London, England — MININGREVIEW.COM — 25 June 2010 – A 30 percent rally in the price of coal delivered to Europe since the end of March is increasing the potential for South African mining companies to send more cargoes to the region, and fewer to customers in China and India.
Coal before shipment costs from South Africa’s Richards Bay traded at US$93.62 a metric tonne last week, while Northwest European coal was at US$95.88 “’ a premium of $2.26, according to IHS McCloskey. The premium will probably have to go even higher before shipments to Europe accelerate, Barclays Capital said.
“You would need to go around US$10, or above to get more sustainable flows of spot cargoes from South Africa to Europe,” said Amrita Sen, a London-based analyst at Barclays. “At those sorts of premiums it makes sense for South Africa to swing into Europe more,” she added.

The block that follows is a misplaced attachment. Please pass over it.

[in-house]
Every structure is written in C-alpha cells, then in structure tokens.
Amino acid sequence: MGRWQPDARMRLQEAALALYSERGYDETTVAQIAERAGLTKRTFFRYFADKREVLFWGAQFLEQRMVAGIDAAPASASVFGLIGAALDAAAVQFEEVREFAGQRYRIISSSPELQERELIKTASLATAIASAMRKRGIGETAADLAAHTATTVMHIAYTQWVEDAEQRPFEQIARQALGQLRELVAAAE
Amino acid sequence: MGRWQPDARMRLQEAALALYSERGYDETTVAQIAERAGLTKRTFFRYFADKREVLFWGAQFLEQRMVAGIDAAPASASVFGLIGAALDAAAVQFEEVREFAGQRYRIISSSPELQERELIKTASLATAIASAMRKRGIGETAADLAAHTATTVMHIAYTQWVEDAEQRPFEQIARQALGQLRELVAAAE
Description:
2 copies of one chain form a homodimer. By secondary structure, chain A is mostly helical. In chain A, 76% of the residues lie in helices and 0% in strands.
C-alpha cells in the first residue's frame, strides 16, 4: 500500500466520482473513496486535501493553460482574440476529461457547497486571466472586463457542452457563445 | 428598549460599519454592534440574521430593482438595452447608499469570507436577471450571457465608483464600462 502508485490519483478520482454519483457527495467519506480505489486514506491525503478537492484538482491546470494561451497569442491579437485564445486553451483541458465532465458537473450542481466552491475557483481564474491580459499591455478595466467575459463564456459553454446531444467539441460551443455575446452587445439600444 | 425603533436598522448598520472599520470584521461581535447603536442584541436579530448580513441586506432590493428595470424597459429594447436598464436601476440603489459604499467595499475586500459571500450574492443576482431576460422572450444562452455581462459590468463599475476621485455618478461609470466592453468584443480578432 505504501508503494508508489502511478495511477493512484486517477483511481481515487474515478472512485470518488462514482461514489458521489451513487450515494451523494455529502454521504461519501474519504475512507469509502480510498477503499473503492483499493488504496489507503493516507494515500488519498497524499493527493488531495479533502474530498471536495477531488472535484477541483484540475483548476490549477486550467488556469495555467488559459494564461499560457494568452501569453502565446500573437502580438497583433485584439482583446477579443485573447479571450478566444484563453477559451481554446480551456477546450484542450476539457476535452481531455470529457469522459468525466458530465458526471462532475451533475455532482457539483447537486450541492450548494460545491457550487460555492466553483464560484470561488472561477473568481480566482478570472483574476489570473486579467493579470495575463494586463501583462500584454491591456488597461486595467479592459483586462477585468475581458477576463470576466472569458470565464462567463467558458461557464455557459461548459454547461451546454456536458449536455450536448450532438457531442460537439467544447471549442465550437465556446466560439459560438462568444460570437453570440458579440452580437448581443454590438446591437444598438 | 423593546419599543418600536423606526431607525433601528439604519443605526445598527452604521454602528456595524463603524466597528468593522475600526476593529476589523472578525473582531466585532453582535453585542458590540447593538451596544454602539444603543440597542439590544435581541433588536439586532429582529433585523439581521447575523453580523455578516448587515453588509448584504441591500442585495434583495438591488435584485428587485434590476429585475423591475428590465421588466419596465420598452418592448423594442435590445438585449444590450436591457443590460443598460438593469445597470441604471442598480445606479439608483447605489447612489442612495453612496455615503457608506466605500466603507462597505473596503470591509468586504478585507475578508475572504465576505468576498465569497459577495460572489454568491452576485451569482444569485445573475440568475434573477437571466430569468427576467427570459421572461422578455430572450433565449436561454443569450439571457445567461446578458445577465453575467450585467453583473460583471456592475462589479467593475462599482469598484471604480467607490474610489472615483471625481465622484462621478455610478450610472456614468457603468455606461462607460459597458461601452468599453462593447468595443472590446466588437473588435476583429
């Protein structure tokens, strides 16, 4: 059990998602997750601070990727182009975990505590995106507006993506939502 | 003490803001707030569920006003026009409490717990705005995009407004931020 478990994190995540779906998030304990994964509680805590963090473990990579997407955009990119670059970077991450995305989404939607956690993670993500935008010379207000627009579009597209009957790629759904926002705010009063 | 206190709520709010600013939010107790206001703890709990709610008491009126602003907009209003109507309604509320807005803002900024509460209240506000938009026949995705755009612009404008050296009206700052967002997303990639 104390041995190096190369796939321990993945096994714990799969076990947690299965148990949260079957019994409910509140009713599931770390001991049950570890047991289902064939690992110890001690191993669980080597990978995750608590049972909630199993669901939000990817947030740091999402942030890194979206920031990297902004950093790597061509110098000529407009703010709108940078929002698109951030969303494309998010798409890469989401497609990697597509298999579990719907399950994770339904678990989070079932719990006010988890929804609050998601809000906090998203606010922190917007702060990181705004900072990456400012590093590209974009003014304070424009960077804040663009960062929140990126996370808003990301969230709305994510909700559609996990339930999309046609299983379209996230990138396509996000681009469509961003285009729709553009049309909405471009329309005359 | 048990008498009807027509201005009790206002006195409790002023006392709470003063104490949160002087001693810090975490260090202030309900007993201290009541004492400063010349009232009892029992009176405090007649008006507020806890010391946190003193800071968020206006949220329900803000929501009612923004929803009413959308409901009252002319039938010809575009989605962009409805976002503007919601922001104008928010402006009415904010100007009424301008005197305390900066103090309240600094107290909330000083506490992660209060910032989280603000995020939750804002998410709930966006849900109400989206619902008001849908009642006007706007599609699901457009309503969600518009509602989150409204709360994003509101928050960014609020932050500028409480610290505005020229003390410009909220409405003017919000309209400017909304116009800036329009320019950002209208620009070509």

European coal is rebounding from a slump of as much as 16% earlier this year amid a jump in prices for natural gas, which competes with the solid fuel to generate power. European industrial orders increased for a third month in April, the European Union’s statistics office said. Industrial production in Germany, Europe’s biggest economy, rose in April by more than economists had forecast in a Bloomberg survey.
South Africa cut coal shipments to the Atlantic region by 40% in the first five months of this year and boosted shipments to Asia by 63%, according to data from mJunction Services Limited, a web-based trader backed by India’s biggest steel producers.
“Sales to the Atlantic countries, led by Italy, Spain, Turkey and U.K., fell to 7.19 million tonnes in the first five months of 2010 from about 12 million in a year-earlier period,” said the Kolkata, India-based trader.
“Asian purchases rose to 16.6 million in the first five months of this year from 10.18 million tonnes a year earlier, said mJunction. Richards Bay shipped about 35% of its total coal to India this year until May.